High Holy Days at Chavurah Beth Shalom

Chavurah Beth Shalom Yom Kippur ServiceRosh Hashanah and Yom Kippur — days of sweetness and atonement – are the culmination of a month-long process of coming back to God. During the High Holidays, we embrace the study and beauty of the Torah and rejoice with prayer and song.

2019 / 5780 HIGH HOLY DAYS INFORMATION

We are pleased to announce that our 2019 High Holy Days Services will be held at the Clinton Inn Hotel and Conference Center, 145 Dean Drive, Tenafly, NJ. 07670 on the following dates and times:

Sunday, September 29, 2019:  Clinton Inn & Conference Center
Erev Rosh Hashanah, 7:30 pm
Monday, September 30, 2019:  Clinton Inn & Conference Center
Rosh Hashanah, 10:00 am – 12:30 pm
Children’s Services, 2:00 pm – 2:45 pm
Tuesday, October 1, 2019:  Alpine, NJ. Community House
Rosh Hashanah 2nd Day, 10:30 am
Tuesday, October 8, 2019:     Clinton Inn & Conference Center
Kol Nidre – Erev Yom Kippur, 7:30 pm
Wednesday, October 9, 2019:  Clinton Inn & Conference Center
Yom Kippur Morning Service, 10:00 am – 12:30 pm
Children’s Service: 2:00 pm – 2:45 pm
Afternoon & Yizkor Service : 3:00 pm – 6:00 pm

We request that you send in your ticket requests early. Your membership dues include tickets for you and your children through college age.

For more information, contact the Chavurah at 201.567.7806 or email ChavurahBethShalom@gmail.com or see our home page under what’s new for all of our High Holy Day information.

Rosh HaShanah History
The origin of Rosh HaShanah, the Jewish New Year, is Biblical (Lev. 23:23-25): “a sacred occasion commemorated with loud blasts (of the Shofar, the ram’s horn).” The Bible refers to the holiday as Yom Teruah.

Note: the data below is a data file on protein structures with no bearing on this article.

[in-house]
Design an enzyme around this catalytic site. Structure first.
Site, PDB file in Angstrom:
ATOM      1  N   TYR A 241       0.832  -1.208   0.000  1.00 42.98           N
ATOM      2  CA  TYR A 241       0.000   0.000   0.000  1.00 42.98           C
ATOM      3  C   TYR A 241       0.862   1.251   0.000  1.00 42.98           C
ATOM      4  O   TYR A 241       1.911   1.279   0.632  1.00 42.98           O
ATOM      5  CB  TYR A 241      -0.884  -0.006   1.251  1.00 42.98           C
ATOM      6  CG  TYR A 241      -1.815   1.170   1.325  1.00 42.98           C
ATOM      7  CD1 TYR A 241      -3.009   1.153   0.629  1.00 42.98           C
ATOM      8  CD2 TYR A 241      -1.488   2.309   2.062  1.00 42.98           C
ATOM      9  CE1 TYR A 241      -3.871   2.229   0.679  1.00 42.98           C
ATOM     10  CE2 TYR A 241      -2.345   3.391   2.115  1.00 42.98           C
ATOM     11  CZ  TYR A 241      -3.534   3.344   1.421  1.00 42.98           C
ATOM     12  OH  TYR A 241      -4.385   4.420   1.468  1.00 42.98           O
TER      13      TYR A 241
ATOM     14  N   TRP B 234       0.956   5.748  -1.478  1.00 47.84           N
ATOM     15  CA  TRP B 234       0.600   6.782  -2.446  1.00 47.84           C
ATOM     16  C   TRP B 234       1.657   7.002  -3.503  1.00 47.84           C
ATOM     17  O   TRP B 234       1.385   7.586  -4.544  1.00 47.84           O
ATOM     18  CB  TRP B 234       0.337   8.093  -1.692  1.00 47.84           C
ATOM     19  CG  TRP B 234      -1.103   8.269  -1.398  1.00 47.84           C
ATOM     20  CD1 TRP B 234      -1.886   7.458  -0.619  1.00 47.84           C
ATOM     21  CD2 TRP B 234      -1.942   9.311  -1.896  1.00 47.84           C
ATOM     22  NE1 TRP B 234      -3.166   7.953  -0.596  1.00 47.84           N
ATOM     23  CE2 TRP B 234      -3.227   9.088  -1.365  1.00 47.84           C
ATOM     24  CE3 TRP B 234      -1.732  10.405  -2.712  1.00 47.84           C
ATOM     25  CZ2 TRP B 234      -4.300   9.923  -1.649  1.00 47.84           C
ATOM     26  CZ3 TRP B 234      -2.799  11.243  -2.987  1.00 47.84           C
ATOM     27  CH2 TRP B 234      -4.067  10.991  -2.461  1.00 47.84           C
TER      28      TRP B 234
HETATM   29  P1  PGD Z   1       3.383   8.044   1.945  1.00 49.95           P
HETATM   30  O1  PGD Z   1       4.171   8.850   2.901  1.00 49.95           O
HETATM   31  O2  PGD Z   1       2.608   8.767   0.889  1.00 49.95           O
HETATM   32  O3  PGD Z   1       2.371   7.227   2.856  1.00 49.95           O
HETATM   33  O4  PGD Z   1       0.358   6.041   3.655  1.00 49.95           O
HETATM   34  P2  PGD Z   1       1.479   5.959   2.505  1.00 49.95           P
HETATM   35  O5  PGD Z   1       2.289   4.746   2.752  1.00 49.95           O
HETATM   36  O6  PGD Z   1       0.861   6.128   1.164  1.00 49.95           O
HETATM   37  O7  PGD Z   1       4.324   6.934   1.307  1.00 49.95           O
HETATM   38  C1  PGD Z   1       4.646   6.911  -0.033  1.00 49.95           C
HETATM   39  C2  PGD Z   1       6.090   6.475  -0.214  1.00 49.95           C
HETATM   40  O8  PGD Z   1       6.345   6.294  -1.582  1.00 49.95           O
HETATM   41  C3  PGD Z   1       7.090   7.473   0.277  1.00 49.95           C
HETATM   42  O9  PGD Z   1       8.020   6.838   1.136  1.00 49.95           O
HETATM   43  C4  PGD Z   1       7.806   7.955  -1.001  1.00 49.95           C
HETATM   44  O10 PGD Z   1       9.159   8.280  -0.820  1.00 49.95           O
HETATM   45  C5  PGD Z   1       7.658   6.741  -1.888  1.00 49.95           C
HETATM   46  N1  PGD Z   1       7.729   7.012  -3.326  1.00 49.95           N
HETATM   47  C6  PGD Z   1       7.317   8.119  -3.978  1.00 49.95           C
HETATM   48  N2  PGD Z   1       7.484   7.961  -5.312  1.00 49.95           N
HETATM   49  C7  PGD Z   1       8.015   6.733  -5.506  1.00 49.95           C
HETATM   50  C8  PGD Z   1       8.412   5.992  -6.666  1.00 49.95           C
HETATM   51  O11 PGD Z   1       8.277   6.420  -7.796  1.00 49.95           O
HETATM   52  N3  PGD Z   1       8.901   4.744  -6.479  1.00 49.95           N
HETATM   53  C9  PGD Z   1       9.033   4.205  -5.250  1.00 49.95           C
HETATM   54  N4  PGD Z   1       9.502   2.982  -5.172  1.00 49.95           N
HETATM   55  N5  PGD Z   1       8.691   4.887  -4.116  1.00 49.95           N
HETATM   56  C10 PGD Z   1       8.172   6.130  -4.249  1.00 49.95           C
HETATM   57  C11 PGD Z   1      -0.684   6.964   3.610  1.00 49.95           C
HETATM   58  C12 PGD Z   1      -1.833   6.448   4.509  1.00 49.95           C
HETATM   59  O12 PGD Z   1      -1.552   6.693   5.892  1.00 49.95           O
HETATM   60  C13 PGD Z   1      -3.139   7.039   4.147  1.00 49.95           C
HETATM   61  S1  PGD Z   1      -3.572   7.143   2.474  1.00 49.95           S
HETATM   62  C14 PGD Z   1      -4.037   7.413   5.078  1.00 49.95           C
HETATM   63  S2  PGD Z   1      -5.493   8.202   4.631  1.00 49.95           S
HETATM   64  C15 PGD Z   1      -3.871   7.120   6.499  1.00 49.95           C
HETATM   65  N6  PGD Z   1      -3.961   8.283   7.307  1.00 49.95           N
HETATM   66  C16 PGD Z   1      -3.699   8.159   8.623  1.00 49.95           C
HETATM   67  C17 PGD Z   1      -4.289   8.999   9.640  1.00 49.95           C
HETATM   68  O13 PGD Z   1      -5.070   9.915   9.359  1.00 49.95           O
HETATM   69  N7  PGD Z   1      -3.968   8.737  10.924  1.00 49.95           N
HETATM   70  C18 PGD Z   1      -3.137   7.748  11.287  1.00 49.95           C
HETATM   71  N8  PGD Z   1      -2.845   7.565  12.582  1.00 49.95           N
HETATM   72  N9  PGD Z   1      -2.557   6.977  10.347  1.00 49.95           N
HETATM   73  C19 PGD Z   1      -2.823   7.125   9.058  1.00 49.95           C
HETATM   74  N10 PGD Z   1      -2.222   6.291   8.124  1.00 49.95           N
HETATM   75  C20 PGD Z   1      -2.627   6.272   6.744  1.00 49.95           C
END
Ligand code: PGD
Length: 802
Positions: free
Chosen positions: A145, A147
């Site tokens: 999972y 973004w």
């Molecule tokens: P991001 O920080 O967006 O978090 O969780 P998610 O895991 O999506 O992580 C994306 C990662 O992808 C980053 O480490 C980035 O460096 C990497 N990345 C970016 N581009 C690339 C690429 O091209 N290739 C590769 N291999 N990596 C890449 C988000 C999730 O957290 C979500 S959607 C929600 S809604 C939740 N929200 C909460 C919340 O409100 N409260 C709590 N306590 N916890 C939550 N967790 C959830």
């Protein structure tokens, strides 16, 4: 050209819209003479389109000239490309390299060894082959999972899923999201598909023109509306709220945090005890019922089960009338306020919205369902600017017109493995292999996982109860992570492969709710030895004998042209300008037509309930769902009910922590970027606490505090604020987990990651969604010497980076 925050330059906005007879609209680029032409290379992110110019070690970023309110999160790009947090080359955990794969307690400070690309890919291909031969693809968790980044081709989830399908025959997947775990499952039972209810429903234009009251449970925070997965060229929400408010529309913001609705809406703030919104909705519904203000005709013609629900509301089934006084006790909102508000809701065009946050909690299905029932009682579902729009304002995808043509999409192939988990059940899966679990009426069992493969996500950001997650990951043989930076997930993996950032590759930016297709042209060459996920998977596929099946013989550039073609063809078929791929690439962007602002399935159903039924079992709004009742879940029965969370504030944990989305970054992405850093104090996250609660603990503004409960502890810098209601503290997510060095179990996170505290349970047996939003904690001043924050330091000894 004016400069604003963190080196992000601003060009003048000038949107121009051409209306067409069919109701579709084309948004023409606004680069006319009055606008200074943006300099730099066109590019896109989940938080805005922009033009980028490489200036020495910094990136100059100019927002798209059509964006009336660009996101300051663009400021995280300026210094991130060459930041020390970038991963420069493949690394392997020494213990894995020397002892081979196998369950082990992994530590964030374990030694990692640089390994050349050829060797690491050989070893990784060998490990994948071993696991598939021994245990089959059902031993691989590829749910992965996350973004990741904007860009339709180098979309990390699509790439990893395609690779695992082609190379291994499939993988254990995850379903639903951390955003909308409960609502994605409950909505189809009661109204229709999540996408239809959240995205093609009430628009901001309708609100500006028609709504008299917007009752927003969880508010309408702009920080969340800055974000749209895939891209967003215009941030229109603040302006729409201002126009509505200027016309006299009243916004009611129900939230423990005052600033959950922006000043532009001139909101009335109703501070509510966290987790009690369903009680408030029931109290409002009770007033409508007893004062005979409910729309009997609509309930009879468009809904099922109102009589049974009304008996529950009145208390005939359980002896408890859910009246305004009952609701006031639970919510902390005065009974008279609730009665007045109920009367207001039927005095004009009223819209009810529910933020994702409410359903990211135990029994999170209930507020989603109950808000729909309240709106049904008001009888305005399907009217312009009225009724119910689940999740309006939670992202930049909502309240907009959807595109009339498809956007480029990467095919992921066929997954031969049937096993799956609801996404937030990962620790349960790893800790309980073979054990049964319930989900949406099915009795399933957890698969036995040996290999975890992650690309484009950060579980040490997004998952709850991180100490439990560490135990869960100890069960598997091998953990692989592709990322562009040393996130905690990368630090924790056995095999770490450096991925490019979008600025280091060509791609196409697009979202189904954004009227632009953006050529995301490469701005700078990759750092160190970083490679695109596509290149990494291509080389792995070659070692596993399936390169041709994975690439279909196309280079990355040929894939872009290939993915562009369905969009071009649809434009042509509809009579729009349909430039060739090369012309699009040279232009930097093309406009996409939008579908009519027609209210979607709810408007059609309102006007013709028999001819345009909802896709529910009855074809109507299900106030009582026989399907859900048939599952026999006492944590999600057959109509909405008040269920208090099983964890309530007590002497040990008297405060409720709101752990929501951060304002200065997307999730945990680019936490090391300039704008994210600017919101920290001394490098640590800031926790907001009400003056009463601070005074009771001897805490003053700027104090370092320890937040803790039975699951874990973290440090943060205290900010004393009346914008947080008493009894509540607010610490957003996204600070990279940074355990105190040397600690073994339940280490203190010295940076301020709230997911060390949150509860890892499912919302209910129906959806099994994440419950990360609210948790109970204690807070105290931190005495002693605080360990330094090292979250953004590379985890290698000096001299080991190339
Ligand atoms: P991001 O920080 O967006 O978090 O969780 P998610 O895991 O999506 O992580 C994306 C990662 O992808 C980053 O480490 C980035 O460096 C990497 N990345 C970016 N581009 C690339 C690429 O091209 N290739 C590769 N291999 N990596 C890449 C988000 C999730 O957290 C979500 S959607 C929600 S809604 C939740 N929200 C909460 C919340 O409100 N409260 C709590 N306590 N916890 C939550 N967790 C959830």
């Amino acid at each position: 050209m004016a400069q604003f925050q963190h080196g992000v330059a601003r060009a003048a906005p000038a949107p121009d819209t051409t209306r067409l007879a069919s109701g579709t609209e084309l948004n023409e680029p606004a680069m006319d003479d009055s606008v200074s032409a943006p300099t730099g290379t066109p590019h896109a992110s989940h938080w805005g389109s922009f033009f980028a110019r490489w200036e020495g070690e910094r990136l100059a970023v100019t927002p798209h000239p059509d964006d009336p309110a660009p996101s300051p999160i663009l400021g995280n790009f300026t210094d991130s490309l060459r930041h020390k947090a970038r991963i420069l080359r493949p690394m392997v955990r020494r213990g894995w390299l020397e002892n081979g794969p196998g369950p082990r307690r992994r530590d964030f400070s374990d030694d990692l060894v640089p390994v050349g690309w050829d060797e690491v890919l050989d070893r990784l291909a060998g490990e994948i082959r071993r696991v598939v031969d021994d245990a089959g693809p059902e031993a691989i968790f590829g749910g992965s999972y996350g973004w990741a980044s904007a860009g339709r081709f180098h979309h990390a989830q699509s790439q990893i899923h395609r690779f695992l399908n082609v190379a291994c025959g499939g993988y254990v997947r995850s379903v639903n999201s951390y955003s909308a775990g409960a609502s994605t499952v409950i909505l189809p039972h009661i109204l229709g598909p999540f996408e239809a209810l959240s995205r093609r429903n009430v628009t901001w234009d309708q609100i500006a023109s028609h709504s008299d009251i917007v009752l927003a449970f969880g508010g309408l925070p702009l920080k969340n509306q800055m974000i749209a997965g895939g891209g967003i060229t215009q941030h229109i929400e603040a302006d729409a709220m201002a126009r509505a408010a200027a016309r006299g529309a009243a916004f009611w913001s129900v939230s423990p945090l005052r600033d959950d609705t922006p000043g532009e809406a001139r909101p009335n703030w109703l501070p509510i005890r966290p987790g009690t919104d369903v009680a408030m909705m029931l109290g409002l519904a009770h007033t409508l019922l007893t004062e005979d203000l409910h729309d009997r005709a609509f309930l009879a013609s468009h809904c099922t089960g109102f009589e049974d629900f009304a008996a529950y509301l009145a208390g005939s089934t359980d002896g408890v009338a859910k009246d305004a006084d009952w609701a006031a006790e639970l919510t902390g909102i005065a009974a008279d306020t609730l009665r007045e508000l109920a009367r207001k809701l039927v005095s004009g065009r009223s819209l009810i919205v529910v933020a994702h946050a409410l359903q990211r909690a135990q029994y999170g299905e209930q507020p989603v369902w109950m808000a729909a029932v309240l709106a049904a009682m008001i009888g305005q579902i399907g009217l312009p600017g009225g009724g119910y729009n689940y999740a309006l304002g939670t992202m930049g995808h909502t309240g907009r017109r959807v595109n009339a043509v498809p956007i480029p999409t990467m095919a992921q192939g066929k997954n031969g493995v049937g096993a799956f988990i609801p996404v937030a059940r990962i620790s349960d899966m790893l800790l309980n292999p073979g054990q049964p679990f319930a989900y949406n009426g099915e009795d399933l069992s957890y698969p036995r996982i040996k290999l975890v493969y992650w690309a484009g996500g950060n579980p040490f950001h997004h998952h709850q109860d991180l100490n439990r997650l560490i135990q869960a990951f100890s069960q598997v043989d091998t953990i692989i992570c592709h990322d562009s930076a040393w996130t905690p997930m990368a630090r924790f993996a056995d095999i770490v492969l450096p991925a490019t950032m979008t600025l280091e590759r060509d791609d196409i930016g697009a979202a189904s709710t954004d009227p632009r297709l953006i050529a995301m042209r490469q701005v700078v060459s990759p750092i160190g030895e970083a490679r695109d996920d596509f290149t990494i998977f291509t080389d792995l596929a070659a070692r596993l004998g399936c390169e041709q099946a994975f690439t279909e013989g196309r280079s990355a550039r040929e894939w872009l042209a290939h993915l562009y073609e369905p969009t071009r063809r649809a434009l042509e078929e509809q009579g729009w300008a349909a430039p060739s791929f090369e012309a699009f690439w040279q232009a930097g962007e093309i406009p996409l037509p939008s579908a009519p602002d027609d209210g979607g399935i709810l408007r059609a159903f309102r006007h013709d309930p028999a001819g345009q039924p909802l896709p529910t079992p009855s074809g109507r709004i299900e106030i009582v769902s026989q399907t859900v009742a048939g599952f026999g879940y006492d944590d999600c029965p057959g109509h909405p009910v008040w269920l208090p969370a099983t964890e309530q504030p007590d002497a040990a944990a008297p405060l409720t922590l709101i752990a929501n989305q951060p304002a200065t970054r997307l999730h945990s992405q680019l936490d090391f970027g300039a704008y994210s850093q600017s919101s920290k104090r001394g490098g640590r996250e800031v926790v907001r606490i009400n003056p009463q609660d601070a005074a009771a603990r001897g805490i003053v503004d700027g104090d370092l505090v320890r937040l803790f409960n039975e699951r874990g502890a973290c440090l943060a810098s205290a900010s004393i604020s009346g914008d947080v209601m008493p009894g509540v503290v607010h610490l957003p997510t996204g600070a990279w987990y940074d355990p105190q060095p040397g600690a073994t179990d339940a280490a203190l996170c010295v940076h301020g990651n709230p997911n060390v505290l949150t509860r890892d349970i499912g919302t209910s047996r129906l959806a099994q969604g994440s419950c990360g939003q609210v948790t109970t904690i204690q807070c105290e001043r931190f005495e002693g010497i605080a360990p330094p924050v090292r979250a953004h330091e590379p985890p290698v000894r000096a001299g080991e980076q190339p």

(the day of the sounding of the Shofar) and Yom Zikaron Teruah (the day of remembering the sounding of the Shofar).

In Talmudic times, Rosh HaShanah became a celebration of the anniversary of the world’s creation and a day of self-examination, repentance and judgment. While the day was called Yom HaZikaron (Day of Remembrance) and Yom HaDin (Judgment Day), the name Rosh HaShanah (Head of the Year) was first used in the Mishnah has become the most prevalent.

Rosh HaShanah is both a solemn and happy day.
It is a time for introspection, asking for forgiveness, giving forgiveness, resolving to do better, remembering God is our King and Judge, and praying for a healthy and happy year to come. We are solemn in our repentance, but happy in our confidence that God is merciful and good.

Yom Kippur History
Repentance (Teshuva) is the theme of Yom Kippur.
While our sins alienate us from God, our repentance reconciles us with God.
On Yom Kippur, we ask for God to forgive us for our sins.

The first Yom Kippur occurred when Moses descended Mount Sinai with the second set of Tablets, a symbol of the renegotiated covenant between God and the Jewish People.
The Israelites alienated God by worshiping the golden calf. Moses ascended Mount Sinai to ask God for forgiveness. The Israelites repented by fasting during the day while Moses was on the mountain. On the tenth day of the Hebrew month of Tishrei (Yom Kippur), Moses descended Mount Sinai with the second Tablets.

God decreed the tenth day of the month of Tishrei as a day of atonement:

“Let it be a statute for you forever: in the seventh month, on the tenth of the month, you shall starve your vital energies and do no manner of work…. For on this day it shall bring atonement upon you, to purify you, before God shall you become pure of all your aberrations.” (Vayikra/Leviticus 16: 29-30)
Just as the Israelites alienated God with their unfaithful behavior, some of our behavior during the year has also alienated us from God.
Just as the Israelites repented for their sins, we also repent for our sins.
Praying and fasting enables us to envision the divine image that lives in each of us.